James Sunderland is the Conservative Member of Parliament for Bracknell and Vice-Chair of the All-Party Parliamentary Group on Malaria and Neglected Tropical Diseases
This week, the USA is hosting the Seventh Replenishment of the Global Fund to Fight AIDS, Tuberculosis and Malaria. This important global conference is where countries will pledge their funding commitments for the next three years to help defeat these horrible illnesses.
The extent of the UK’s contribution will be one of the first key foreign policy undertakings for the new Prime Minister, a decision which has the potential to shape the UK’s reputation on the world stage and accelerate progress against the world’s deadliest infectious diseases.
Twenty years ago, the UK Government co-founded the Global Fund – an organisation which has helped save 50 million lives to date. A key target for this vital work is malaria, a life-threatening, yet fully preventable and curable, disease, which has devastated mankind for centuries. Half of the world’s population lives under its terrible shadow. Children under five are particularly vulnerable. On average, one child dies from malaria every minute.
Over the last two decades, huge progress had been made in malaria control, supported by UK investment and leadership, in the areas of prevention, treatment and research. This has been a source of real pride for the brilliant brains at the heart of this work. But in 2018 that progress began to stall. Faced by the Covid-19 pandemic and new threats such as drug and insecticide resistance, climate dangers and our changing natural environment, malaria deaths have risen to the highest rate in nearly a decade. In 2020, 627,000 lives were lost.
Having seen first-hand the devastating impact of malaria and watched helplessly as others succumbed to it, I am clear that the UK must not renege on its global responsibility. In June, I was privileged to attend the successful Kigali Summit on Malaria and Neglected Tropical Diseases, where the UK endorsed the Commonwealth’s goal to end the malaria epidemic by 2030.
While in Rwanda, I also visited an antenatal health clinic where mothers spoke passionately about the effects of insecticide-treated nets in keeping their babies alive and allowing families to sleep at night. In 2021 alone, the Global Fund distributed a staggering 133 million insecticide-treated nets to protect vulnerable people from malaria, just one of the many examples of incredible, lifesaving, preventative interventions that are making a real impact.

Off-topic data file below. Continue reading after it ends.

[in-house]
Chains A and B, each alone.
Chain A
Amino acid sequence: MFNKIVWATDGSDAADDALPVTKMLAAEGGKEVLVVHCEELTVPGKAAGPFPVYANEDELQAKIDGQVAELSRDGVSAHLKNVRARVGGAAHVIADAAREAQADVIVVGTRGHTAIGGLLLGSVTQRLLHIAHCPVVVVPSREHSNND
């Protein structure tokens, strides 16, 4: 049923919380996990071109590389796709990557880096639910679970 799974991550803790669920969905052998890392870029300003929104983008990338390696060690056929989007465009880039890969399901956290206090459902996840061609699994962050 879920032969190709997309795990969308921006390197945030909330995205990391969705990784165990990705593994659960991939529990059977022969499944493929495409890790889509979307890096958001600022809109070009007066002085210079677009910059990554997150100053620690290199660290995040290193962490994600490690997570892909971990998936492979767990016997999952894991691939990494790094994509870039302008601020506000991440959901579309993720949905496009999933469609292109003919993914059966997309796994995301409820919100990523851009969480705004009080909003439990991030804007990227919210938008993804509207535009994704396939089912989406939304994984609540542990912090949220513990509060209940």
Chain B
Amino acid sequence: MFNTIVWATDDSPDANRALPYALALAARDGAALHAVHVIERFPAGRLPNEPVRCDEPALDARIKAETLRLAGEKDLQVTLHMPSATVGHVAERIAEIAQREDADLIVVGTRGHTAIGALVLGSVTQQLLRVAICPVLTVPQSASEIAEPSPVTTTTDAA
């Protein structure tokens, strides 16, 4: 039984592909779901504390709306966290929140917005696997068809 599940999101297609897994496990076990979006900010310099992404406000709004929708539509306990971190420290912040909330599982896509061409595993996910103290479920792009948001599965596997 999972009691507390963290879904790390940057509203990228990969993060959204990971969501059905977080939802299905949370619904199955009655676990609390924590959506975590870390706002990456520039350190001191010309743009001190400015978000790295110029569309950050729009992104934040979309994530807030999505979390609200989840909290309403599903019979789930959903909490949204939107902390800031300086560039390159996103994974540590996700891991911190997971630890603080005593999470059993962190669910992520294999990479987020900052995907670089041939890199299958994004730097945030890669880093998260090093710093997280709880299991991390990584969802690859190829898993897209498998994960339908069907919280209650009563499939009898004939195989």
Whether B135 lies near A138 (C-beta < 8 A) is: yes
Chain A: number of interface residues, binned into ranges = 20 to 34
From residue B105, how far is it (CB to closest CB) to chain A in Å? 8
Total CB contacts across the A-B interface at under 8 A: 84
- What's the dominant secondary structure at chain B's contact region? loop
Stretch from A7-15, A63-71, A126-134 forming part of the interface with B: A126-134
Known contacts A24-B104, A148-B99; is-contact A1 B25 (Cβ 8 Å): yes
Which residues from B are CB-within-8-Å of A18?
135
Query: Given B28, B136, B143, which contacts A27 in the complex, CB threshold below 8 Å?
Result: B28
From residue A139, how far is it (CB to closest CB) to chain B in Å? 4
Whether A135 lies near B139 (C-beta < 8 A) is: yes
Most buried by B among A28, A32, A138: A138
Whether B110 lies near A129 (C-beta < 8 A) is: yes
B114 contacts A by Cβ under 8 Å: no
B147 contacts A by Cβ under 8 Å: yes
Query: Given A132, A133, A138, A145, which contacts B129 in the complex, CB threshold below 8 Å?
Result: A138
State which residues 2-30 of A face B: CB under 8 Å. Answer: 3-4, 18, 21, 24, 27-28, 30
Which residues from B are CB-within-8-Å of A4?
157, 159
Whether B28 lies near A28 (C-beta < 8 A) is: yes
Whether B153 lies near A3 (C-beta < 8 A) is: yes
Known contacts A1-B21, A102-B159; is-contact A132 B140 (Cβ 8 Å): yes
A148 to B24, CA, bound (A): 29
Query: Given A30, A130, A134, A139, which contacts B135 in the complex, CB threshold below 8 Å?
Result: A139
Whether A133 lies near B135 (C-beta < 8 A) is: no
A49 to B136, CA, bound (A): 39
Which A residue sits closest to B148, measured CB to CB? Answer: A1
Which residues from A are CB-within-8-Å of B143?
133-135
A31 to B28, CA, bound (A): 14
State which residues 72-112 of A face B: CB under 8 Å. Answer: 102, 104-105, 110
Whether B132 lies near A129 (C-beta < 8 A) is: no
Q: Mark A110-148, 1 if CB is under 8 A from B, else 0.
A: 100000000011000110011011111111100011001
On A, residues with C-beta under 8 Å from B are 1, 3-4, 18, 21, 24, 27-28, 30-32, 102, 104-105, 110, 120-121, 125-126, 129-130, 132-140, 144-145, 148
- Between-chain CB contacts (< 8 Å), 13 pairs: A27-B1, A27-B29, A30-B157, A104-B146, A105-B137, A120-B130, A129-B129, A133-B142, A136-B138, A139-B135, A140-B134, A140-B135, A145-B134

The Global Fund also works with international partners to provide timely testing and treatment for the two million community health workers who remain critical to fighting malaria In Rwanda, I met Thérése Twagiramariya, a volunteer community health worker, who has worked for years to help those in her locality to detect and treat malaria. She is passionate about her work. Her purpose is to keep people alive. For them, it is about life and death.
The Global Fund is effective, cost-efficient, and ensures that all interventions get to the right people, at and in the appropriate time and way. In countries where the Global Fund invests, malaria deaths have dropped by 26 per cent since it was founded in 2002. Without these interventions, fatalities would have increased by a staggering 84 per cent over the same period. In fact, the Global Fund provides more than half of all international finance for malaria programmes and the need for continuity is clear throughout all affected regions. It is no exaggeration to state that if we take our foot off the pedal now, we risk a widespread resurgence of a disease that we have worked so hard to defeat. Millions more will die.
As one of the few countries of the G7 yet to declare its hand, the UK must not now step back. As a proud Conservative and member of the new Government, I remain in awe of our long-standing commitment to tackling malaria and how we have led the way with exciting new vaccines and technology. But these significant strides in funding, research, innovation, vector control and pioneering drug development are in danger of being undermined.
Despite the huge fiscal challenge facing the UK, our commitments on supporting women and girls, health systems and the fight against malaria and NTDs should be maintained if we are to play our rightful role at the head of the global fight. I have no doubt that our new Prime Minister and Foreign Secretary will honour them. But the extent of that contribution remains unclear. Importantly, if we invest now, there really is an end in sight. Other countries are stepping up: the United States and Germany leading the way in their early commitments to the Replenishment. We must do so too.
Lastly, the economic benefits of continuing to invest into the Fund are staggering. In 2015, it was estimated that malaria cost the African economy around US $117 billion in lost productivity. Research has also shown that every $1 invested in the Global Fund results in approximately $31 in health and economic returns and that each 10 percent reduction in malaria incidence is associated with an average rise of 0.3 percent in GDP per capita and faster GDP growth. Indeed, the downstream benefit to UK trade alone could be trillions of pounds.
As we approach the Seventh Replenishment on Wednesday, I urge the new Prime Minister to be ambitious, kind and bold. This would be a timely and impressive marker in the sand.